Desert Picture Mega Post

 So happy to find a campsite! 

So happy to find a campsite! 

Bunches of shots from our desert crossing!

Wendover, NV and Salt Flats

For a city guy, all deserts are inherently bizarre. Imagine vast tracks of nearly useless space blanketed in a deeply oppressive heat. The familiarity of the road provides a feeling of safety, but it's hard to believe that this is a safe place. I didn't take a whole lot of pictures in Nevada, because most of the terrain looks pretty similar. 

Wendover we've already discussed...  

The Bonneville Salt Flats are unique. I wish I could convey how silent and vast the space is, how it feels like you are standing still while driving at high speeds. It's so bright there that you can't take your sunglasses off, and the wind is hot, though we got there in the morning. There is no life.

The salt flats are over 50 miles wide at the crossing. 

Salt Lake City

There aren't a whole lot of pictures of SLC, but we did walk around the Temple grounds of the Mormon church, as well as go through their pioneer museum. Crazy stuff.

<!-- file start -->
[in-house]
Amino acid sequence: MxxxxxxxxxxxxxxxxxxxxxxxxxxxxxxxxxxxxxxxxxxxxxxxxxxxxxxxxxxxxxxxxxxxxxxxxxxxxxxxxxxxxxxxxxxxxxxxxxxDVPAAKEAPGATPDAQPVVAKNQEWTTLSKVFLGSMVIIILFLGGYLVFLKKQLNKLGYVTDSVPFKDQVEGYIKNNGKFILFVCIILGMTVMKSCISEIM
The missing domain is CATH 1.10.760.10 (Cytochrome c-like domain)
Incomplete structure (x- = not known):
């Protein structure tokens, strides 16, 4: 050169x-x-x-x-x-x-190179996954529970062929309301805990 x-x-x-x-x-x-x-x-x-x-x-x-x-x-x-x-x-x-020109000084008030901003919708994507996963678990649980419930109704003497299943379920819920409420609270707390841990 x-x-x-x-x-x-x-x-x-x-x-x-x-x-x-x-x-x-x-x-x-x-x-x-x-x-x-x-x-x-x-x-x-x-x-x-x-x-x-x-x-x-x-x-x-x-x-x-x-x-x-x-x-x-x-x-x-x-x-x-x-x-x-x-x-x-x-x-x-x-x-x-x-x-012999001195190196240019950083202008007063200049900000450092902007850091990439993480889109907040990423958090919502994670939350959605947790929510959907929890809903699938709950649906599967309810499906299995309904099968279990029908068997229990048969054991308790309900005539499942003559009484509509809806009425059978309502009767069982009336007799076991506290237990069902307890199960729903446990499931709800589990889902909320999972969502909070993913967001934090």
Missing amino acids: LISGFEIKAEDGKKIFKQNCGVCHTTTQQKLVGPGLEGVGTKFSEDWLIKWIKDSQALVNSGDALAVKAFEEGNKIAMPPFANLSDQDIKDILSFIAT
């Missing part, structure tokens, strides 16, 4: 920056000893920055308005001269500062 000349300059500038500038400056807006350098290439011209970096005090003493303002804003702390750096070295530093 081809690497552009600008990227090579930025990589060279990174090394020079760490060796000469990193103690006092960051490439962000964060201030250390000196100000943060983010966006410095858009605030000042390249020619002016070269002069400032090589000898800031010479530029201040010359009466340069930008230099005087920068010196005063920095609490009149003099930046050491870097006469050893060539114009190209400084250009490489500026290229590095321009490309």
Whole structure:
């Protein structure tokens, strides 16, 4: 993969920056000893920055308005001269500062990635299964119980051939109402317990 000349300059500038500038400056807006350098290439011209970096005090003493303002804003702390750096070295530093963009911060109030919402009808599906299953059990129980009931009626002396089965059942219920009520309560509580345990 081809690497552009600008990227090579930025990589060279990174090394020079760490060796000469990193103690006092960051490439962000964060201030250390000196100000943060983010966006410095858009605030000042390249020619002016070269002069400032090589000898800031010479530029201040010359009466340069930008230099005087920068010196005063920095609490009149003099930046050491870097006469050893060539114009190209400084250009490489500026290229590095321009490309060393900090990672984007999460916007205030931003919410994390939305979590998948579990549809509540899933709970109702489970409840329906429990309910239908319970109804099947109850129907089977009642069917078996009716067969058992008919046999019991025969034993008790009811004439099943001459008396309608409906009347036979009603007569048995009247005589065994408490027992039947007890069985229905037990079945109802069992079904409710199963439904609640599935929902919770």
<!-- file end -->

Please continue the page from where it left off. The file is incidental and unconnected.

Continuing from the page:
Thoughts: 

  • The Temple isn't opulent in the style of other religion's holy sites, but we were blown away by the size and lushness of the gardens in the middle of desert.
  • I had NO idea how much the Mormon church sought to build a colony out in Utah, and what steps they took to ensure their collective success. Brigham Young set up church based corporations and really stressed the pioneer ideology of building a paradise out in the waste. I guess that explains the gardens.
  • Mormons are REALLY into America.
  • There are Mormon settlements all up and down the Western slope of the Rockies.

 

Southern Utah, Moab, Arches National Park

The thing about the desert is that it is an inherently dangerous place. Take away the roads and small towns and ranger stations in Moab, and you have a terrain that will kill the unwary through heat and dehydration. 

I'm almost  sad that this area has become so tame, because it seems to detract from its majesty. Still, it doesn't take much to stand in the heat, sweating, and looking over the great distances to realize that this place doesn't need you, it doesn't want you, and it will be perfectly fine without you.

Seeing the mesas and the arches gives you a real sense of geological time. These rocks are fluid and changing, albeit at a rate nearly incomprehensible to us. Likewise, we are so short-lived that this place seems eternal.